The same thing happens whenever we are faced with hard times. Some people crumble under pressure, others become ever more resilient. I suspect we’ll face some character tests over the coming years. When white supremacists feel emboldened to show their faces on the evening news and powerful people seem driven by petty revenge fantasies, we’ll have to decide whether to be silent or whether to speak up. It seems easy to say we’ll speak up, but will we? If the consequences of speaking up mean going to jail or losing our jobs, will we? If the consequences mean losing our lives, will we? Will I?

I hope so.

And I hope I can take a cue from Trumbo’s tremendous commitment to his work. I do find work sustaining. Even when things are hard or chaotic or sad, I sit down most days and I write. For years I wrote with no promise of publication. Before my first book was published and during the months after it was published, I spent many days working on the next book even though many writers warned me it would be impossible to focus. It was hard; it wasn’t impossible. I wrote while my father was dying. I wrote in the aftermath of an election that I found devastating. I have every reason to believe I will continue to write no matter what happens.

I hope that my commitment to work is one measure of my character, but I also hope it isn’t the only measure. I have not been particularly politically outspoken on my personal Facebook page, though I speak my mind here and on various other platforms. I was challenged this year about my reticence to use my personal page for political posts and I had to think about whether I was being a coward. The truth is, I don’t believe Facebook has much value for political speech. It’s an echo chamber and not a platform. The level of discourse is ugly and no one ever changes his mind. So I’ll probably continue posting pictures of my animals and liking photos of other people’s children in 2017. But on this page and on some other social media sites, I will continue to speak up and speak out even when the consequences might be unpleasant. I never want to be silenced by fear.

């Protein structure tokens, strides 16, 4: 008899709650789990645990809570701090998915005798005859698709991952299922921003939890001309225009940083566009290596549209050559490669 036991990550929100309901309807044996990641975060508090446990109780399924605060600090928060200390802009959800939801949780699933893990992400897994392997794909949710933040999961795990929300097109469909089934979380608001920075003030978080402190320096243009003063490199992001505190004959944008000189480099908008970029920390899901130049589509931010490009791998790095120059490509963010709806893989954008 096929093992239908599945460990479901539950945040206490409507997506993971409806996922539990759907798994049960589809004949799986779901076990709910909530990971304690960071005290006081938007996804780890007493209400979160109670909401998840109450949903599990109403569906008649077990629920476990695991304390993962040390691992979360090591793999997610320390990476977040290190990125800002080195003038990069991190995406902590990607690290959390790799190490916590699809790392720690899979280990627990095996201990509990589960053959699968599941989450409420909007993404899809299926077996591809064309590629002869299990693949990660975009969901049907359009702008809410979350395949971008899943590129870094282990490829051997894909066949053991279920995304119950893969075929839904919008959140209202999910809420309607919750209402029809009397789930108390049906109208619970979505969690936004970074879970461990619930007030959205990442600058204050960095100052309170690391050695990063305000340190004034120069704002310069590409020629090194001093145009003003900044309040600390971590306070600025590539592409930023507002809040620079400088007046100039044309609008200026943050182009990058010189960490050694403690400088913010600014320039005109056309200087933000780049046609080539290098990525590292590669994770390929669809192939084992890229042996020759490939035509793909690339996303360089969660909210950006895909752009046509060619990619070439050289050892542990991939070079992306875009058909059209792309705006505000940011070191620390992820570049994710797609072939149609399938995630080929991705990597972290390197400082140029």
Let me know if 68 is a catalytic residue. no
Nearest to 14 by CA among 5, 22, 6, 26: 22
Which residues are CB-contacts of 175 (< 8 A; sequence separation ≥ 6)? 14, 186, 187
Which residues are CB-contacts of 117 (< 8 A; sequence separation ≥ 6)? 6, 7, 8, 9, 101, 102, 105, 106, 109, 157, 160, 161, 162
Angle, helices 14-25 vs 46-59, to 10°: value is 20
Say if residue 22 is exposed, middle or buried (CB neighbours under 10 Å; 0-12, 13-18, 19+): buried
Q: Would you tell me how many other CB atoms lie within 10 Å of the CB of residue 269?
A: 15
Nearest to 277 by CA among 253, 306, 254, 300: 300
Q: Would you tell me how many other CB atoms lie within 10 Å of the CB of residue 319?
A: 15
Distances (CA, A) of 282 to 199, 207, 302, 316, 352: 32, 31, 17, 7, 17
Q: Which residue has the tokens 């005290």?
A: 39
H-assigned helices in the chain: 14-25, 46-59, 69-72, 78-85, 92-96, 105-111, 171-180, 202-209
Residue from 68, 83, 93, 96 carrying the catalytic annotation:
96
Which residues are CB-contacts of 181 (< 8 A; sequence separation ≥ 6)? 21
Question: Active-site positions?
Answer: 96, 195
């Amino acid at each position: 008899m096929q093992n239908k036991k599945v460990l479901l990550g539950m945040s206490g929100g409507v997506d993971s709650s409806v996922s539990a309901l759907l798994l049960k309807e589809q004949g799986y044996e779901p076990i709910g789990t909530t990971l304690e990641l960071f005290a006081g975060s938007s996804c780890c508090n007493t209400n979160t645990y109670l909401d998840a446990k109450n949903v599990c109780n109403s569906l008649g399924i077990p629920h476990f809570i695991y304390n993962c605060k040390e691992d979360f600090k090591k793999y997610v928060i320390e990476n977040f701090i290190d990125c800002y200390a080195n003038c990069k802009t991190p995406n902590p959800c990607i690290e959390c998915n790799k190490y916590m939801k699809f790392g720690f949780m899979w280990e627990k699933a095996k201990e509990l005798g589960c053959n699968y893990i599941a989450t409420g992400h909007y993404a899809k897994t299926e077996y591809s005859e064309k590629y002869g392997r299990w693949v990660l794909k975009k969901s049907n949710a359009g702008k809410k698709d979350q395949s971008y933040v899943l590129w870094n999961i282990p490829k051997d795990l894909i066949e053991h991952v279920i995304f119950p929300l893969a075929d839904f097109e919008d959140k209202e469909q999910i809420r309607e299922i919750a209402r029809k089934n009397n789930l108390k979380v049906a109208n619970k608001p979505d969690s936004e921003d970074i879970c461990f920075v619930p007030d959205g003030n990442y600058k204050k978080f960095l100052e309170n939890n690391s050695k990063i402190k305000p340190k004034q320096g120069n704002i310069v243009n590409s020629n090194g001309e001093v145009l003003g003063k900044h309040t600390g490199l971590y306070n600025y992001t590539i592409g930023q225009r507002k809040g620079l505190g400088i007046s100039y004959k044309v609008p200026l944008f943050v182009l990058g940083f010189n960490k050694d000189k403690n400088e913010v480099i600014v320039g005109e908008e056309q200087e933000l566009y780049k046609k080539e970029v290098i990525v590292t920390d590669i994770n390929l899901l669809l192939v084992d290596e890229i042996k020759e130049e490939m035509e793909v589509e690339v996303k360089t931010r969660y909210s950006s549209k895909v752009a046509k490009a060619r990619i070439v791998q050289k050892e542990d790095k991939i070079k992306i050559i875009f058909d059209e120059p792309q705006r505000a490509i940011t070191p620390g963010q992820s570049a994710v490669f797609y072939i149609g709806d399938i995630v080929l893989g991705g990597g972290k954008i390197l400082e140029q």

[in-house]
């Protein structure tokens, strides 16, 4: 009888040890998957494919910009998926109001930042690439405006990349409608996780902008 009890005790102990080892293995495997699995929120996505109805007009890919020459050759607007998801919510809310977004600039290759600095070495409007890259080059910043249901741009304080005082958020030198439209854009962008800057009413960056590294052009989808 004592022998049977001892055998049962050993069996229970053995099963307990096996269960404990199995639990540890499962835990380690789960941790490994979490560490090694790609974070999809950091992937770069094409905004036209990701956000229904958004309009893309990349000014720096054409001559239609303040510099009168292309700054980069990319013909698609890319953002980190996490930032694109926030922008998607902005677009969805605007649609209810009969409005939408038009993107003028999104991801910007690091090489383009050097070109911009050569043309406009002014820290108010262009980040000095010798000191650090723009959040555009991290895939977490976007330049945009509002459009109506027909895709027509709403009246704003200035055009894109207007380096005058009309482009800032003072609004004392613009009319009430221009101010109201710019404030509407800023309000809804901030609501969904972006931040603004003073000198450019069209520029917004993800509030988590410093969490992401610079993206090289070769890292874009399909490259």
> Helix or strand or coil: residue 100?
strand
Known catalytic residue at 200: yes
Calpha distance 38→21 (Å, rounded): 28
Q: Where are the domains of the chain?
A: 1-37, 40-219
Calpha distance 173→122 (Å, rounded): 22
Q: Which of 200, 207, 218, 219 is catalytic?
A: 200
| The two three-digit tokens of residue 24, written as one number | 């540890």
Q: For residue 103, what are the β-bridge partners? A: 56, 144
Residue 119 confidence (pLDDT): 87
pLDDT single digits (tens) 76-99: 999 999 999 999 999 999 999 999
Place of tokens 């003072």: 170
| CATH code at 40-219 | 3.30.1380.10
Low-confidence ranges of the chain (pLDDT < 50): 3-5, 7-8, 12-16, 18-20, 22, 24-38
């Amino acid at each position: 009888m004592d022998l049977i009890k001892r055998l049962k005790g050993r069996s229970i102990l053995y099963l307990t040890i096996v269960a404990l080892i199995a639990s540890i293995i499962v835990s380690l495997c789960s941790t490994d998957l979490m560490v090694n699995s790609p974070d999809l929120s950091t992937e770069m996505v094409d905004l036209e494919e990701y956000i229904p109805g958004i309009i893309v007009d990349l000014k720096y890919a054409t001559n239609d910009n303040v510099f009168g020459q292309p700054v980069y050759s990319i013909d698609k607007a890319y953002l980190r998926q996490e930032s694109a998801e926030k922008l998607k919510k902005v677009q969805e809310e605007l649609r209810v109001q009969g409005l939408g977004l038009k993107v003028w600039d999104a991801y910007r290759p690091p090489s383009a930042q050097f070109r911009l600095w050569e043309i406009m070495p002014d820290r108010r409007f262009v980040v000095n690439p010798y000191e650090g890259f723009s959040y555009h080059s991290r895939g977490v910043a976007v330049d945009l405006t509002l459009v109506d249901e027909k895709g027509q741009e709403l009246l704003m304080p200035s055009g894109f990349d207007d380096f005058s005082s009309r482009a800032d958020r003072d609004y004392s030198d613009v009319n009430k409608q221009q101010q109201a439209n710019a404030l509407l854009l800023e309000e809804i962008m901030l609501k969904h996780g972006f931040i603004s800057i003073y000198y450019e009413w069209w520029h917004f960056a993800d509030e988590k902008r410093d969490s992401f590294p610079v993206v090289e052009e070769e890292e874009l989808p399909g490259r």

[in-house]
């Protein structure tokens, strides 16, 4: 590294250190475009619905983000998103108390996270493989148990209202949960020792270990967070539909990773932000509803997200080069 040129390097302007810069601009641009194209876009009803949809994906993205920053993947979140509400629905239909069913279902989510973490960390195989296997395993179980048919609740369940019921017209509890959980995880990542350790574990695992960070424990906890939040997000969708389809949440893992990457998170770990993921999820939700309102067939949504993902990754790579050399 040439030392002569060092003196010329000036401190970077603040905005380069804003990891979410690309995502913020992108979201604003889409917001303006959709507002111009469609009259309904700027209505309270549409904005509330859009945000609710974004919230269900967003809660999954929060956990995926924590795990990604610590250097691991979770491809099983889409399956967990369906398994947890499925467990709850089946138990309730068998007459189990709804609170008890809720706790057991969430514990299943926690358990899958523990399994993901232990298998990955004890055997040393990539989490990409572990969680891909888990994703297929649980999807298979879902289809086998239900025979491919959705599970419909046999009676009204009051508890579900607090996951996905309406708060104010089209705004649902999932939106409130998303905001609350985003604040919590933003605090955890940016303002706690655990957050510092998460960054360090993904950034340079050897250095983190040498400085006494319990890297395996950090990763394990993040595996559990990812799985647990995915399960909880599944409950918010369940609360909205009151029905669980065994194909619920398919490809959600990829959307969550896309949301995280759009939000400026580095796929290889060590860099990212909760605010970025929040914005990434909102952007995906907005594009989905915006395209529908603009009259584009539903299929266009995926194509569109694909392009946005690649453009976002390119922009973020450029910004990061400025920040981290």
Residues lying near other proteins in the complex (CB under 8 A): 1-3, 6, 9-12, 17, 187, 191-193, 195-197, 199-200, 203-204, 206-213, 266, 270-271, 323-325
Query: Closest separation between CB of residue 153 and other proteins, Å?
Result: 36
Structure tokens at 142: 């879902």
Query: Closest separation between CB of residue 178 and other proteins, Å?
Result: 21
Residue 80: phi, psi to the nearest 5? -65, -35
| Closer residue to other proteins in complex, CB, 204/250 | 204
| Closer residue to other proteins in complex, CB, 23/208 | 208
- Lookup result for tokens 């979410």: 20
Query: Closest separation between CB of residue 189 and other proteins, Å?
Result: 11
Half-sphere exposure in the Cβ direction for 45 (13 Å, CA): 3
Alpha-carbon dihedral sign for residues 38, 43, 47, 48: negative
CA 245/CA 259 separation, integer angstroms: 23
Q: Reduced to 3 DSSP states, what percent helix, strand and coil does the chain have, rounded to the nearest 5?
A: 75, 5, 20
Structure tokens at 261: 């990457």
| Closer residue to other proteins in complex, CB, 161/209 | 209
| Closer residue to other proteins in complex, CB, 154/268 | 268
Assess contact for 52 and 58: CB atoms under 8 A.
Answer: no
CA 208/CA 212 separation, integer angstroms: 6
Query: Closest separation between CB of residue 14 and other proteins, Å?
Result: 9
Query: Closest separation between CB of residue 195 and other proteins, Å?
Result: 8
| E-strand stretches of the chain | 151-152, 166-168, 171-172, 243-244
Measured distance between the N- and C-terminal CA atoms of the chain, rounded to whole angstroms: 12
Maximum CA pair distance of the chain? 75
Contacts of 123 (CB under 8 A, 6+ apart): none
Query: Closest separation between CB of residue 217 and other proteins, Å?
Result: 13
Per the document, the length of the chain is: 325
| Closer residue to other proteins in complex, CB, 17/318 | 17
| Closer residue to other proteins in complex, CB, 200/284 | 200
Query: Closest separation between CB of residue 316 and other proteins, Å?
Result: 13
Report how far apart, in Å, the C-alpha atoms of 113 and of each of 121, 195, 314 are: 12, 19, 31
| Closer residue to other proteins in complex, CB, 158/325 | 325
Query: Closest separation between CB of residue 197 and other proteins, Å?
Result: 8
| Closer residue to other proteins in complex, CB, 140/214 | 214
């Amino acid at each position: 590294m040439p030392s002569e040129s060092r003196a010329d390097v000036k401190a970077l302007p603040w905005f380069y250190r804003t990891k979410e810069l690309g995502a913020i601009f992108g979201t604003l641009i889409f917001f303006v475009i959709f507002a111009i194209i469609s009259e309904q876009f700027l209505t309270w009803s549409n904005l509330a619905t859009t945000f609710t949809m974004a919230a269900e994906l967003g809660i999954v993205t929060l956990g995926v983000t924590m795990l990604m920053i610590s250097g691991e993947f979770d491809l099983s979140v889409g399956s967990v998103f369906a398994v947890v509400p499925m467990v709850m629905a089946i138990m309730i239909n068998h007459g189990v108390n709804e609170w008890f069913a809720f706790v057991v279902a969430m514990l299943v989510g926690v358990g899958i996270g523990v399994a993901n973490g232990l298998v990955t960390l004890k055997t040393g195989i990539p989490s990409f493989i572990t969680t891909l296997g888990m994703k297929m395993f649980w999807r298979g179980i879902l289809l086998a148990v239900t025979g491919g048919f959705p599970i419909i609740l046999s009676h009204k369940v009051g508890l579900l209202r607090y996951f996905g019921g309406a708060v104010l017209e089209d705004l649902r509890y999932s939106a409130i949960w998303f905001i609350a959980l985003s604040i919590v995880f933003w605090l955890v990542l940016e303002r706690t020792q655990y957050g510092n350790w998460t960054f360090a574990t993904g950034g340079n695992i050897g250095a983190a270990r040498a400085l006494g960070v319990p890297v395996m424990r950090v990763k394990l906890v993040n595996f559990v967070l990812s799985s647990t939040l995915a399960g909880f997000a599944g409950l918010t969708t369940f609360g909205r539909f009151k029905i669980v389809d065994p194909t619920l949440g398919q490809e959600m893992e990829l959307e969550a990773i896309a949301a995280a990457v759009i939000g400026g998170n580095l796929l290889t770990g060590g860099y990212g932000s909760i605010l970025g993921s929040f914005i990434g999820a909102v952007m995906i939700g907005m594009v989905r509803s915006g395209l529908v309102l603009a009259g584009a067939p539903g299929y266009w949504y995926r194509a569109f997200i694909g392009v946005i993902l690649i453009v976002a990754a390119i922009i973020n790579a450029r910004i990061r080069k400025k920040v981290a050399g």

Finally, just because it is so good, here’s another excerpt from Trumbo’s speech in 1970:

There was bad faith and good, honesty and dishonesty, courage and cowardice, selflessness and opportunism, wisdom and stupidity, good and bad on both sides.

When you who are in your forties or younger look back with curiosity on that dark time, as I think occasionally you should, it will do no good to search for villains or heroes or saints or devils because there were none; there were only victims. Some suffered less than others, some grew and some diminished, but in the final tally we were all victims because almost without exception each of us felt compelled to say things he did not want to say, to do things that he did not want to do, to deliver and receive wounds he truly did not want to exchange. That is why none of us – right, left, or center – emerged from that long nightmare without sin.

I think these are good words for the end of a hard year. As we enter a New Year, my hope for all the sinners is that we somehow find our best selves in hard times and that we let our work sustain us.

Tiffany Quay Tyson
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Tiffany Quay Tyson